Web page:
Records? What are they?

ELEVEN-YEAR-OLD Tian Kingsbury is a genuine boy band and pop artist fan.

And although the genre may have changed since her mum's days, Tian still has a fair idea of what makes a band successful.

The young teenager recently attended the Reece Mastin concert at the Gladstone Marina marquee and said it had been fabulous.

"It was so well done," she said. "He performed so well."

But deep down, Tian has a love of boy bands.

"I like boy bands because they're all jumping up and down and doing hearts to the crowds," she said.

Her favourite is Mastin's support act, At Sunset.

"I'd never heard of At Sunset before the concert but now I love them," she said. "They were so good. They sang really well. I did a heart and I got a heart back."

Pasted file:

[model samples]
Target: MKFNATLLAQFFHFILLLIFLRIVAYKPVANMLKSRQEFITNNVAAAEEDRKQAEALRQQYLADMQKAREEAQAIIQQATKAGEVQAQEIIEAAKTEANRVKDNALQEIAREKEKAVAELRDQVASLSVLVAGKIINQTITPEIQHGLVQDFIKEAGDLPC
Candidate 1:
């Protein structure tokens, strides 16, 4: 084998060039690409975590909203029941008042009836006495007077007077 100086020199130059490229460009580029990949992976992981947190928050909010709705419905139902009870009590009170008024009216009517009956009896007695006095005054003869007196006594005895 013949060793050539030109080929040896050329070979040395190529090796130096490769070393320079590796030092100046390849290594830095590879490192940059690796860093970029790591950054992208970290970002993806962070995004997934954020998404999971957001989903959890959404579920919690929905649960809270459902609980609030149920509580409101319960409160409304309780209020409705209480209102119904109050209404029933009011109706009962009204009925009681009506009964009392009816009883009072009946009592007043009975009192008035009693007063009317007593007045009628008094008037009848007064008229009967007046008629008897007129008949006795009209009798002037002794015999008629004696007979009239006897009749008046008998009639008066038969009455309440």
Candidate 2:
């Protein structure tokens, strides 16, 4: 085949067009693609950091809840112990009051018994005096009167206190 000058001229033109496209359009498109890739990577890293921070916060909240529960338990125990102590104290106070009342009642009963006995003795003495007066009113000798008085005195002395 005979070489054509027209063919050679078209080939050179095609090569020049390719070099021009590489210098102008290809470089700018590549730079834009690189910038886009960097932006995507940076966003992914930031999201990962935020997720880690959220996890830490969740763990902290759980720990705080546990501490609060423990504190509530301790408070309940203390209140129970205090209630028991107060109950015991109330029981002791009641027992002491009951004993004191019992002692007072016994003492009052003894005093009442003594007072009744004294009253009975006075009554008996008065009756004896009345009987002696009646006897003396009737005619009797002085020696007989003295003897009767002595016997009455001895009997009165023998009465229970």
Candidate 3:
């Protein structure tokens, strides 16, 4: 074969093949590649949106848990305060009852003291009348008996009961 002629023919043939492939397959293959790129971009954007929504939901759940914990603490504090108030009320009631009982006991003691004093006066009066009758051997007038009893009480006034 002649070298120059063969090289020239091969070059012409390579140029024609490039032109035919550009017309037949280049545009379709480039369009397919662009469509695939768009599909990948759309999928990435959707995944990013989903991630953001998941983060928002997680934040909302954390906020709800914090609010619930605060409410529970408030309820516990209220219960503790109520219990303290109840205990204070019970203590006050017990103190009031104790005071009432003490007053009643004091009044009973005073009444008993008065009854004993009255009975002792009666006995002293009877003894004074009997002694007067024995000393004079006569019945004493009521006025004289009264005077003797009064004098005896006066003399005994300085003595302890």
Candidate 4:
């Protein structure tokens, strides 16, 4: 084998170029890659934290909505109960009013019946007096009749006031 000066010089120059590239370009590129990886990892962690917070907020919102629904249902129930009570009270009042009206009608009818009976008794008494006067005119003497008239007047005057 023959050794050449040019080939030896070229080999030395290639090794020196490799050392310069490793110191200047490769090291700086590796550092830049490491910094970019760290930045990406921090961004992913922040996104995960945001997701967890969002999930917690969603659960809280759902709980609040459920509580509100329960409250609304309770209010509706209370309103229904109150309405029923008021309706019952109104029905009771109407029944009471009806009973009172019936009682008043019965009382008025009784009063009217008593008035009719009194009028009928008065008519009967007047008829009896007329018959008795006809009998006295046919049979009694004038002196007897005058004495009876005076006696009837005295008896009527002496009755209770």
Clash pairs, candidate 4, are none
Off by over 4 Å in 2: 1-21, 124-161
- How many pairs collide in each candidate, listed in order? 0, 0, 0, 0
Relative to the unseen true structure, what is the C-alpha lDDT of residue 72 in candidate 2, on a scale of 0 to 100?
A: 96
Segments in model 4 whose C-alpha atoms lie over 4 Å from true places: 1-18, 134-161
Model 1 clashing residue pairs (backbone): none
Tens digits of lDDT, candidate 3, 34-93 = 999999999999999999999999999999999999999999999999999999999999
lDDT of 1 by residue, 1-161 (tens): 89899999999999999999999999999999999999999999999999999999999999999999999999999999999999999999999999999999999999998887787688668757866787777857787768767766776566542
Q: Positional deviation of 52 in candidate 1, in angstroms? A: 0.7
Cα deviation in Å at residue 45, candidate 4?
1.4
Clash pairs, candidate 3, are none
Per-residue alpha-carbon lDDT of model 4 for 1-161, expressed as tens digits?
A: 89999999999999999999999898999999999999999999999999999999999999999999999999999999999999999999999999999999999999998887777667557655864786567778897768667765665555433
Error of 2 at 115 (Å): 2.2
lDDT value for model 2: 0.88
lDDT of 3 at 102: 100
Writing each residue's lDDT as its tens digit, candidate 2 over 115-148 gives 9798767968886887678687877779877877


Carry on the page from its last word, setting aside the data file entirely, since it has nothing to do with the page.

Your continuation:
The next thing you might expect Tian to do is go out and buy their single on CD, but technology offers a faster, more effective solution.

"I've already bought them on iTunes," she said.  

Ronan Kingsbury checks out band photos on his iPad.
Ronan Kingsbury checks out band photos on his iPad. Tom Huntley

With iTunes, Tian can download all her favourite songs, depending on their rating. She now has "60 or 70" songs on iTunes.

"I had to delete some cause I got heaps," she said.

Tian thinks there has been a change in boy bands to the ones favoured by her mum.

"From having to buy CDs to just downloading them. Though their enthusiasm hasn't changed - they're still amazing to watch."

Without iTunes, Tian said she would buy CDs but without CDs, she seemed lost.

"The only way I know what a tape is, is from a movie."

Youtube and iTunes

  • YouTube and iTunes offer easy access for kids to download or watch all the latest video clips and top songs.
  • According to You Tube guidelines if people find something that offends them and violates the terms and use, the option to 'flag' the video is available.


Topics:  boy band entertainment music